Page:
Making the case for cases

This is not a post about ‘cases’ as luggage for transporting personal effects or containers for holding or conveying physical objects (1). It is about ‘cases’ as events or situations ‘that have happened’ or are ‘the subject of question or enquiry’ (2).

The use of case studies as a vehicle for promoting learning is well established in many academic disciplines. A good teaching case provides  “… an account of real events that seem to include enough intriguing decision points and provocative undercurrents to make a discussion group want to think and argue about them.” (3).

In research too, the case-based approach is well established as an investigative and reporting technique. One proponent suggests that they are useful to understand “…. a contemporary phenomenon within its real-life context, especially when the boundaries between phenomenon and context are not clearly defined” (4).

In the context of e-learning and learning design, much is published from a ‘research into practice’ perspective. However, as a dissemination vehicle, the use of the case genre in e-learning perhaps is not as widespread compared with its use in teaching or with other forms of publication.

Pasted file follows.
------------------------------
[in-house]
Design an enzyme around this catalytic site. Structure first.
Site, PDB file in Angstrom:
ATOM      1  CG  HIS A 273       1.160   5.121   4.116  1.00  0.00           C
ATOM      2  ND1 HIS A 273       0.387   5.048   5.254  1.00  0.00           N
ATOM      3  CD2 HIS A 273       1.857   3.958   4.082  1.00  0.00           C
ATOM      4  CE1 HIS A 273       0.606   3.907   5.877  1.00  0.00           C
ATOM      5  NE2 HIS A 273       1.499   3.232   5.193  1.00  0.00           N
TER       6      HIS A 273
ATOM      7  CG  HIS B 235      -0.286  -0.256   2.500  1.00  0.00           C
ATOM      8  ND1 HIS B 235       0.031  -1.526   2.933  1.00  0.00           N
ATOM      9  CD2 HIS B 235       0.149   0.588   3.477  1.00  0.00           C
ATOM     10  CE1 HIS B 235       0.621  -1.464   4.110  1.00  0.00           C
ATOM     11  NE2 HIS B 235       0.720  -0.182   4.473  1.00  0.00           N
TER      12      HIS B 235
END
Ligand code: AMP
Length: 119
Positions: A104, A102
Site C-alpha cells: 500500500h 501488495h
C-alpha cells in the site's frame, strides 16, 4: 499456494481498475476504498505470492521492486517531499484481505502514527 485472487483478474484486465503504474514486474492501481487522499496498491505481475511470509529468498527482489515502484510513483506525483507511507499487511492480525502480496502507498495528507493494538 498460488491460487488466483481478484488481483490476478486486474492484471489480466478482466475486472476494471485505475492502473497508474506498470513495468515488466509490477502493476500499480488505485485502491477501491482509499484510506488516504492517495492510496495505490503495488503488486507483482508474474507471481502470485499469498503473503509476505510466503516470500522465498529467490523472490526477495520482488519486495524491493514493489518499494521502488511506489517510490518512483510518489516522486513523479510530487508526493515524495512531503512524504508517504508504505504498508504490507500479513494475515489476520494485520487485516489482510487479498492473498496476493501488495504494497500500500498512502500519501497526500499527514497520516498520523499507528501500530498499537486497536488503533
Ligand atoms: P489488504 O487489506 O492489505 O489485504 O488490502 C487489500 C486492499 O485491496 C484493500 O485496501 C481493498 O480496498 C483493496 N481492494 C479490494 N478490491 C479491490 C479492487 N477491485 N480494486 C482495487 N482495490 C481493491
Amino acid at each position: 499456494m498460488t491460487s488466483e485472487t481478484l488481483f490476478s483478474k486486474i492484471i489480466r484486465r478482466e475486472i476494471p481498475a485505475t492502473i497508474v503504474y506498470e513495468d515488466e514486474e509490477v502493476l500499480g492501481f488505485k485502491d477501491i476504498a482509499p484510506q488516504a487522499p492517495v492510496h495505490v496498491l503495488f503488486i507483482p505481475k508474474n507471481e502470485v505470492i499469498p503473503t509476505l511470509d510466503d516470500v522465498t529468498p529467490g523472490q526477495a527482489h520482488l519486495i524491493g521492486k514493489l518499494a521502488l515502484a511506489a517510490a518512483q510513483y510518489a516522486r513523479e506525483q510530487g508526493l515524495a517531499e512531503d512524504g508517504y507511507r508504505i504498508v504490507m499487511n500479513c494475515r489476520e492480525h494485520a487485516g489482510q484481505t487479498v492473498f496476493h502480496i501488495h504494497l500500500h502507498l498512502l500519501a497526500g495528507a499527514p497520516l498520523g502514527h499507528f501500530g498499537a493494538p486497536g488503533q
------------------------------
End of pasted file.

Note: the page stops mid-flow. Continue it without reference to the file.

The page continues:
True, we can find case examples in published articles, such as the BDRA paper (Nie et al) at the recent EDEN conference describing the use of Second Life in courses in three different disciplines. And agencies such as JISC, HE Academy and Skills for Business have been active in encouraging the production of e-learning case studies.

The essence of a case is that it should provide an opportunity for learning from experience, whether that experience is good or bad, successful or not. It provides a way of capturing lessons from practice and sharing that as a narrative. A simple way of conceptualising a case is as a series of ‘problem – solution – benefit – lessons’ statements. If a more detailed approach is called for, the JISC CAMEL project case study template provides a useful checklist of questions .

So, in addition to the usual academic work of writing short papers, journal articles, project reports etc, the advantages of the humble case study as a genre for publication and dissemination should not be overlooked.

Roger Dence / 13th July 2009

(1) Derived via Old Norman French casse from the Latin capěre = to take (Chambers 20th Century Dictionary)

(2) Derived via Old French cas from the Latin caděre = to fall (Chambers 20th Century Dictionary)

(3) Hansen A (1987) quoted in Leenders M R and Erskine J A (1989) Case research, the case writing process, 3rd edition, School of Business Administration, The University of Western Ontario, London, Canada.

(4) Yin R K. (2003) Case study research: design and methods. 3rd edition: Sage Publications.

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